Motor preparation in an anticipation-timing task
- 447 Downloads
Previous findings from experiments involving anticipation-timing tasks have indicated that a point in time may exist after which a participant is committed to producing a pre-programmed movement. For example, if a “stop” signal is given too long after a “go” signal but prior to movement initiation, the response is often still produced. It has been suggested that a startling stimulus may act to elicit a pre-programmed response in reaction time (RT) tasks without involvement of the cerebral cortex (Valls-Solé et al. 1999). The present experiment employed a startling stimulus to investigate the temporal course of motor preparation during a stop-signal anticipation-timing task. Participants timed a key release coincident with the sweep of a clock hand reaching a target. On some trials, the clock hand stopped prior to reaching the target (meaning participants were to refrain from responding), which was accompanied by either a startling acoustic stimulus (124 dB) or control stimulus (82 dB). Results from startle trials indicate that while some advance preparation of motor circuits was evident, subcortical pre-programming and storage of the motor command in circuits common to the voluntary and startle response pathways was not completed well in advance of response production.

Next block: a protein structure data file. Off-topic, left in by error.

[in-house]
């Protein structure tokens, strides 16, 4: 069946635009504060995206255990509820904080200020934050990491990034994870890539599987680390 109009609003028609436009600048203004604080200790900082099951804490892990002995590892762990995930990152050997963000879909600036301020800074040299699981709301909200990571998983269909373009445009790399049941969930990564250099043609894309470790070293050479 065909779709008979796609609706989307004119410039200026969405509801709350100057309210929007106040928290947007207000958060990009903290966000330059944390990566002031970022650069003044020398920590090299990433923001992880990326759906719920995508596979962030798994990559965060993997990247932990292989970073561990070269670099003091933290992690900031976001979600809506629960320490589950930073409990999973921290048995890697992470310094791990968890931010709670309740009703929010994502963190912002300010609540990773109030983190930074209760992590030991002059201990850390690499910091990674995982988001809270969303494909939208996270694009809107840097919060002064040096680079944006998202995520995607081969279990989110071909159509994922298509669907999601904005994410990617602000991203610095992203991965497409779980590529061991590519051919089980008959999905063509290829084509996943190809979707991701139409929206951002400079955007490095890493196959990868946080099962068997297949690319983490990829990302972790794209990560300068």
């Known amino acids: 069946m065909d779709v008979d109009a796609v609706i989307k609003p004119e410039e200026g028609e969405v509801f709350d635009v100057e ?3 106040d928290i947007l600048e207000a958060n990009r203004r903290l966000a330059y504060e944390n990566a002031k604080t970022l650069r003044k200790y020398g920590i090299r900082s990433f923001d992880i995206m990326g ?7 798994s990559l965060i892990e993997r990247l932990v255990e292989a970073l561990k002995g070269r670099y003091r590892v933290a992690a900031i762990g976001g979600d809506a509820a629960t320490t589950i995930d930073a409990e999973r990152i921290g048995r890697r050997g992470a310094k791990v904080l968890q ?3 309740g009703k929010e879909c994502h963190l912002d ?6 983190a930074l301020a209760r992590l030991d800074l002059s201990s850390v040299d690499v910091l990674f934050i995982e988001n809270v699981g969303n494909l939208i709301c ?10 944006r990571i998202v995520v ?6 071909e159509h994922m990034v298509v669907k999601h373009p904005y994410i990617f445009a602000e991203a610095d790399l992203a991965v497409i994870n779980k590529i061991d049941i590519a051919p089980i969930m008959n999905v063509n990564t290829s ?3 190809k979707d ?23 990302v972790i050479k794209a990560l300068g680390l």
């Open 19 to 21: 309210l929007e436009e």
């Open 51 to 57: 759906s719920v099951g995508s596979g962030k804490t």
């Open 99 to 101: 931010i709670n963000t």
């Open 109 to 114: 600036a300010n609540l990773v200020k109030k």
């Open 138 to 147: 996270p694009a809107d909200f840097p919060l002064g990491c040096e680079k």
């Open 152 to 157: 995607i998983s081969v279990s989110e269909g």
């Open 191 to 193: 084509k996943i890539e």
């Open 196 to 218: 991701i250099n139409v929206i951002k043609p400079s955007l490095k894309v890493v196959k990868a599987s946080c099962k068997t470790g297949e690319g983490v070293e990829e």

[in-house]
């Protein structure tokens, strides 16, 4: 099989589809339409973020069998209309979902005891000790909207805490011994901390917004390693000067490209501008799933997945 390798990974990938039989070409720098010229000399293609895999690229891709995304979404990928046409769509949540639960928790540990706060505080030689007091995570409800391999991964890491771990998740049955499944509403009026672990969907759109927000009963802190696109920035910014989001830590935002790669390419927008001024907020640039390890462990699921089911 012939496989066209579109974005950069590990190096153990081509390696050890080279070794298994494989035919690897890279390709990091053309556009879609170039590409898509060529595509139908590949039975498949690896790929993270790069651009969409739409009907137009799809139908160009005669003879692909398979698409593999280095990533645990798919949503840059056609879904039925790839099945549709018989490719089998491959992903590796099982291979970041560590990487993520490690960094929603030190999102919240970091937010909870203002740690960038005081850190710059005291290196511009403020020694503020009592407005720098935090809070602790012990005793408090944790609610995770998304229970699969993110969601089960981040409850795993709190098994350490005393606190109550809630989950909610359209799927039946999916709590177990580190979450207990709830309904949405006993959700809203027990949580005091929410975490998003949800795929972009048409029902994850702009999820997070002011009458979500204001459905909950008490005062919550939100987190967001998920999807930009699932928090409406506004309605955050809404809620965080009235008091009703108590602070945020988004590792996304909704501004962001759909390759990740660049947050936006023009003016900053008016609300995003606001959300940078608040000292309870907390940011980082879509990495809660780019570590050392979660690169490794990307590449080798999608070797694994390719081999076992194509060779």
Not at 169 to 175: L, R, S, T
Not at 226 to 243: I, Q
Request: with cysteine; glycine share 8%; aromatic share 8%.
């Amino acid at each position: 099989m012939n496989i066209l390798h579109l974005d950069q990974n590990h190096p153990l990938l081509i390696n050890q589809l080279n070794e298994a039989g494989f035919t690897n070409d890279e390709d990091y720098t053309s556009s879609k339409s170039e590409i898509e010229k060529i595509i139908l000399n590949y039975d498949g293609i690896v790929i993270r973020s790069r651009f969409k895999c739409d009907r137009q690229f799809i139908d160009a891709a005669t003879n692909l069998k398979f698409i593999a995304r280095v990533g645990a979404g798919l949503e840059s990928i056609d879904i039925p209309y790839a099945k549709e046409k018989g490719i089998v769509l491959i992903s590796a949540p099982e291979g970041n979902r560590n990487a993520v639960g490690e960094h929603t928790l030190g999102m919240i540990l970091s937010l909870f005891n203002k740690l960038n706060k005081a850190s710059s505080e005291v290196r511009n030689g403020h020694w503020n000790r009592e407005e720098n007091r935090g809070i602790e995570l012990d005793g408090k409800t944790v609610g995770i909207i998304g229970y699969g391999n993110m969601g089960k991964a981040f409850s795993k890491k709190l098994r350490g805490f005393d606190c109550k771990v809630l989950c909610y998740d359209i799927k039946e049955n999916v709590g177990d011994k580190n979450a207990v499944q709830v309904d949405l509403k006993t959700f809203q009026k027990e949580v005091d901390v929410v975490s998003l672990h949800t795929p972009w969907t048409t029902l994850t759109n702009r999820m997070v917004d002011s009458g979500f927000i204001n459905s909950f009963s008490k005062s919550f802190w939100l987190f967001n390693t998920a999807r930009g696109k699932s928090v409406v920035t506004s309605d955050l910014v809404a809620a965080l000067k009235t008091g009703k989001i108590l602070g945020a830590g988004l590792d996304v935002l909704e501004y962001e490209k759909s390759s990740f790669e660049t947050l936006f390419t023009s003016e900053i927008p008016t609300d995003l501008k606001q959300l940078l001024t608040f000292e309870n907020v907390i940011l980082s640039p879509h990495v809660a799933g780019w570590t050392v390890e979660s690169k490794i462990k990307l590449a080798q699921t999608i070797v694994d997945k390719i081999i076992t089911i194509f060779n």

KeywordsAnticipation-timing Motor preparation Programming Startle
- Luce RD (1986) Response times: their role in inferring elementary mental organization. Oxford University Press, New YorkGoogle Scholar
- Rothwell JC (2006) The startle reflex, voluntary movement, and the reticulospinal tract. In: Cruccu G, Hallett M (eds) Brainstem function and dysfunction. Elsevier, AmsterdamGoogle Scholar
- Slater-Hammel AT (1960) Reliability, accuracy and refractoriness of a transit reaction. Res Q 31:217–228Google Scholar
- Woodworth RS (1938) Experimental psychology. Henry Holt and Company, New YorkGoogle Scholar